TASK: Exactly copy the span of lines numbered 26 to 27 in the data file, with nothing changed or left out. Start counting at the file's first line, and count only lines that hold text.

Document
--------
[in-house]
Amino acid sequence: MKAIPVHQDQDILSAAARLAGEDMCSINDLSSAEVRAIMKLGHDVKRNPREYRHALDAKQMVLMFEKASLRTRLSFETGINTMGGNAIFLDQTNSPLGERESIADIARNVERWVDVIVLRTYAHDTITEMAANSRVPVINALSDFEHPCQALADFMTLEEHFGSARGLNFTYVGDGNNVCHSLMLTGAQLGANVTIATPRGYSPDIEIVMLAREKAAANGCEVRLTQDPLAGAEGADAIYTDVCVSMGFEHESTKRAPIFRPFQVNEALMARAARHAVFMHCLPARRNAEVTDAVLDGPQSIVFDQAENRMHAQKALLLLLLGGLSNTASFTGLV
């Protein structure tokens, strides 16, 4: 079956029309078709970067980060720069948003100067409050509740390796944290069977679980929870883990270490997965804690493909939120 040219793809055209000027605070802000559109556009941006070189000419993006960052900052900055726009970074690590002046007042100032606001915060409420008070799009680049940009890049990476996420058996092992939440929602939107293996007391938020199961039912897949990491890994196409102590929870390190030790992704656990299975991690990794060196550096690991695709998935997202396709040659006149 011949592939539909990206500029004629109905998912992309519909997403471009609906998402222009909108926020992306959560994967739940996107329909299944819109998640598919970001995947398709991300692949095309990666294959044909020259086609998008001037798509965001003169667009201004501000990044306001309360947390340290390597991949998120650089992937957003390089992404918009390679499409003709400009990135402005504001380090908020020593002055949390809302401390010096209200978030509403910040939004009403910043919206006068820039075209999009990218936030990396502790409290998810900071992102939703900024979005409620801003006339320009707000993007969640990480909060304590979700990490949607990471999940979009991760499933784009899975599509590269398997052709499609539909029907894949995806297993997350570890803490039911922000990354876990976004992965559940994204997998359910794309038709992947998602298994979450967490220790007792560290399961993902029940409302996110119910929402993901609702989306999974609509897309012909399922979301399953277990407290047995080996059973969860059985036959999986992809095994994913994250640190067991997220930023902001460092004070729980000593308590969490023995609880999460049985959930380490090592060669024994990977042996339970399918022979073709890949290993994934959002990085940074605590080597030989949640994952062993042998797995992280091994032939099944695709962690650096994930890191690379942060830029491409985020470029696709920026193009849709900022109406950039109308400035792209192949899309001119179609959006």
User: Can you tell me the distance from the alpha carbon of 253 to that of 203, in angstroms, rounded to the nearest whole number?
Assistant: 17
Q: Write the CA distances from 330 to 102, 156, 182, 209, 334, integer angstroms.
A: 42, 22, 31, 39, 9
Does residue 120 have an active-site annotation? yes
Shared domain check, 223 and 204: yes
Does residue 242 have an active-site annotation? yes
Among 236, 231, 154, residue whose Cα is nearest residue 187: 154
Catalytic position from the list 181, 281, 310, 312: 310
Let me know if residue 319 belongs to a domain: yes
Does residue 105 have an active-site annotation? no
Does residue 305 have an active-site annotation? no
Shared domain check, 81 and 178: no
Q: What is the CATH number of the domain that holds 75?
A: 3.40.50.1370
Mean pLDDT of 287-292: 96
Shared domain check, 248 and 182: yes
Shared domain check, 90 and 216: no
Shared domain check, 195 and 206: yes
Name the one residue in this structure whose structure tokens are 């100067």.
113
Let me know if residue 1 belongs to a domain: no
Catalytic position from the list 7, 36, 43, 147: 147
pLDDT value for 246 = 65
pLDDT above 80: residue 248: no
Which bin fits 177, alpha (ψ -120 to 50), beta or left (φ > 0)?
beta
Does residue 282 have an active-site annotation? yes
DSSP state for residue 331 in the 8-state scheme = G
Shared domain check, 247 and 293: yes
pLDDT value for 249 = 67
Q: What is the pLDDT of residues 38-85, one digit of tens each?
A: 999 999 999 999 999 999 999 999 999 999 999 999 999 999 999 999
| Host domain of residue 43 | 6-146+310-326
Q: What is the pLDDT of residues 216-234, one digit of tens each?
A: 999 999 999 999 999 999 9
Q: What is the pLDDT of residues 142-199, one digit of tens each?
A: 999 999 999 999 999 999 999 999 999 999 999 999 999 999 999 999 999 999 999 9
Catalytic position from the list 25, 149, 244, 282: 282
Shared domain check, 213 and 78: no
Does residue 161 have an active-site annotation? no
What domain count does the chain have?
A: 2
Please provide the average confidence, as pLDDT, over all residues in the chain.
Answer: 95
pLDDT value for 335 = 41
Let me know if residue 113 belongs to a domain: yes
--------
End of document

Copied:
Catalytic position from the list 7, 36, 43, 147: 147
pLDDT value for 246 = 65